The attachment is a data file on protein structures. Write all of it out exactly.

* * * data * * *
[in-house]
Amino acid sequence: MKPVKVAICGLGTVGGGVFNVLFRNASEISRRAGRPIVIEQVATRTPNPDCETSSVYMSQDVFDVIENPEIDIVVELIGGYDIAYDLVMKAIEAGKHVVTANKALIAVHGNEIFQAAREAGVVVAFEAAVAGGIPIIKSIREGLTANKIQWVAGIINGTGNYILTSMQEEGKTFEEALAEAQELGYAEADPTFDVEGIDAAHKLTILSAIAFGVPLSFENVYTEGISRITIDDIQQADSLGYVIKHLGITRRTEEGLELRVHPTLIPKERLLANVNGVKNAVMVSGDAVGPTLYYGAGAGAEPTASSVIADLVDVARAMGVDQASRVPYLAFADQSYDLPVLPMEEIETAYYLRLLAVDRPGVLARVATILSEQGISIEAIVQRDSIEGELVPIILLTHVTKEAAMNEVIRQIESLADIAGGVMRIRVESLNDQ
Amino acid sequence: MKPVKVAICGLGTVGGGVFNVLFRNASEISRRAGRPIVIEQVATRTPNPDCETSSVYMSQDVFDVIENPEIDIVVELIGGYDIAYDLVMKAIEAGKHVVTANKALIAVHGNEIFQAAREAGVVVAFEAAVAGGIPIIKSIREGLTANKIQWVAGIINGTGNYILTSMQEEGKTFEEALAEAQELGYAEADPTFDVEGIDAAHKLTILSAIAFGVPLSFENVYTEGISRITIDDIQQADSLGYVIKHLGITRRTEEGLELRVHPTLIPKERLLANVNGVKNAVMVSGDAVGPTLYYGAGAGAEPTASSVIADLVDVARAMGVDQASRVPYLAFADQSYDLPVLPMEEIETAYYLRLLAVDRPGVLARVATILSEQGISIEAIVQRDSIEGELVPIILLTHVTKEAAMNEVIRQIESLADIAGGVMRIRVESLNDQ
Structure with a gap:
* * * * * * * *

[in-house]
Amino acid sequence: MKPVKVAICGLGTVGGGVFNVLFRNASEISRRAGRPIVIEQVATRTPNPDCETSSVYMSQDVFDVIENPEIDIVVELIGGYDIAYDLVMKAIEAGKHVVTANKALIAVHGNEIFQAAREAGVVVAFEAAVAGGIPIIKSIREGLTANKIQWVAGIINGTGNYILTSMQEEGKTFEEALAEAQELGYAEADPTFDVEGIDAAHKLTILSAIAFGVPLSFENVYTEGISRITIDDIQQADSLGYVIKHLGITRRTEEGLELRVHPTLIPKERLLANVNGVKNAVMVSGDAVGPTLYYGAGAGAEPTASSVIADLVDVARAMGVDQASRVPYLAFADQSYDLPVLPMEEIETAYYLRLLAVDRPGVLARVATILSEQGISIEAIVQRDSIEGELVPIILLTHVTKEAAMNEVIRQIESLADIAGGVMRIRVESLNDQ
Amino acid sequence: MKPVKVAICGLGTVGGGVFNVLFRNASEISRRAGRPIVIEQVATRTPNPDCETSSVYMSQDVFDVIENPEIDIVVELIGGYDIAYDLVMKAIEAGKHVVTANKALIAVHGNEIFQAAREAGVVVAFEAAVAGGIPIIKSIREGLTANKIQWVAGIINGTGNYILTSMQEEGKTFEEALAEAQELGYAEADPTFDVEGIDAAHKLTILSAIAFGVPLSFENVYTEGISRITIDDIQQADSLGYVIKHLGITRRTEEGLELRVHPTLIPKERLLANVNGVKNAVMVSGDAVGPTLYYGAGAGAEPTASSVIADLVDVARAMGVDQASRVPYLAFADQSYDLPVLPMEEIETAYYLRLLAVDRPGVLARVATILSEQGISIEAIVQRDSIEGELVPIILLTHVTKEAAMNEVIRQIESLADIAGGVMRIRVESLNDQ
Structure with a gap: